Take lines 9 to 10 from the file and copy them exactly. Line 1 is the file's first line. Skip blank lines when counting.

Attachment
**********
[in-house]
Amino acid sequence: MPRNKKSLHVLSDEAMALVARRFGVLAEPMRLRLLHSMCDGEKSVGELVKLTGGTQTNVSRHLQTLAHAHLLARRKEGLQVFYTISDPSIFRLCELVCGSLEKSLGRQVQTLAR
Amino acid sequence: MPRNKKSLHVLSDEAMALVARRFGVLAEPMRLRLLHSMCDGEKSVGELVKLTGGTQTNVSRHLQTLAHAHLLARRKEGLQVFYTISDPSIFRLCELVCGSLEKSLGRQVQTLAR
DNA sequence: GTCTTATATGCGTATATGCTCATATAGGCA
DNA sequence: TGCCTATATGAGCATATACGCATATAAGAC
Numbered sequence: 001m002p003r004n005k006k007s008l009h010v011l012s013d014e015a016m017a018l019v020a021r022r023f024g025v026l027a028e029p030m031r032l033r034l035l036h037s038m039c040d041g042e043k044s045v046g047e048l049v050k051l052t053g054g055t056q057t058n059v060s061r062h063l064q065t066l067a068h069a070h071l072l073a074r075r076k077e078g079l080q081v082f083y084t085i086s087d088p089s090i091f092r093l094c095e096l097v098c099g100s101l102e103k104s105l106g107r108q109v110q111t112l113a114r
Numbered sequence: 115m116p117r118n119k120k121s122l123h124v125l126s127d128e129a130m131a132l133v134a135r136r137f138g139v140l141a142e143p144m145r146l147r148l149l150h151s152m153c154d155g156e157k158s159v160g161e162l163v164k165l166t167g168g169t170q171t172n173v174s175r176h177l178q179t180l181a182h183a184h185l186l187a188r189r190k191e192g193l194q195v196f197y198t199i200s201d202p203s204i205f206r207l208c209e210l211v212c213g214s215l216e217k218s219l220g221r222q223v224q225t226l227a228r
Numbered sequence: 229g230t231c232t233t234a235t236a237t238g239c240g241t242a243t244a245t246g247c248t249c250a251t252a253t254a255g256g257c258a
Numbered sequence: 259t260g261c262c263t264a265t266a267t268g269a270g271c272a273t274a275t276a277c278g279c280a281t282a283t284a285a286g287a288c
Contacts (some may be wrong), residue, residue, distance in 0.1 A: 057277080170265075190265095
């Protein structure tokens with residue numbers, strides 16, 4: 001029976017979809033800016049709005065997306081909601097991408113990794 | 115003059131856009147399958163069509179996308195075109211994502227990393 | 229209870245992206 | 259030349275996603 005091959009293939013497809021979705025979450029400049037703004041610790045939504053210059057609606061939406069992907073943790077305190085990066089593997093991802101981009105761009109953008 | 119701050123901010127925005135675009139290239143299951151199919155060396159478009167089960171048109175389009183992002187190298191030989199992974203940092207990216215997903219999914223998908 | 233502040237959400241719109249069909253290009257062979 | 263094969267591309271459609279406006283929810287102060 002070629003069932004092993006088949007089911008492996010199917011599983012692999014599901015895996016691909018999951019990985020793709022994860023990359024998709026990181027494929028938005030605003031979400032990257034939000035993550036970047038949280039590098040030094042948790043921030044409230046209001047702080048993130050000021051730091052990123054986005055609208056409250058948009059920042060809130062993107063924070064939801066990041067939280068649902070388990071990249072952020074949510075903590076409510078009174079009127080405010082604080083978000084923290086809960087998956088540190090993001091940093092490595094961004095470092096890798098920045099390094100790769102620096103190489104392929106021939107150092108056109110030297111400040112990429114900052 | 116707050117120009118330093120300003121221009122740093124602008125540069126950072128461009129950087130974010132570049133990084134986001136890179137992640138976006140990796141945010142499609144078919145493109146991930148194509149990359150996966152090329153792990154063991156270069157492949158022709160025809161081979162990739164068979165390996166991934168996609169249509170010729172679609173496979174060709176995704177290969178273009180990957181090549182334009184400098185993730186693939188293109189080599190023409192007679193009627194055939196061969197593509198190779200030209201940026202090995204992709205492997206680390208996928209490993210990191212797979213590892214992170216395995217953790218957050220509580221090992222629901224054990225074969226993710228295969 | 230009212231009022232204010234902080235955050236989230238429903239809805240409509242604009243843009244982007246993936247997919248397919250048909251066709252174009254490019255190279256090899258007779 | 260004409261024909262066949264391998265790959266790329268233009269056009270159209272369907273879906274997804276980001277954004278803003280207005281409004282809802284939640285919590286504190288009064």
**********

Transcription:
Numbered sequence: 259t260g261c262c263t264a265t266a267t268g269a270g271c272a273t274a275t276a277c278g279c280a281t282a283t284a285a286g287a288c
Contacts (some may be wrong), residue, residue, distance in 0.1 A: 057277080170265075190265095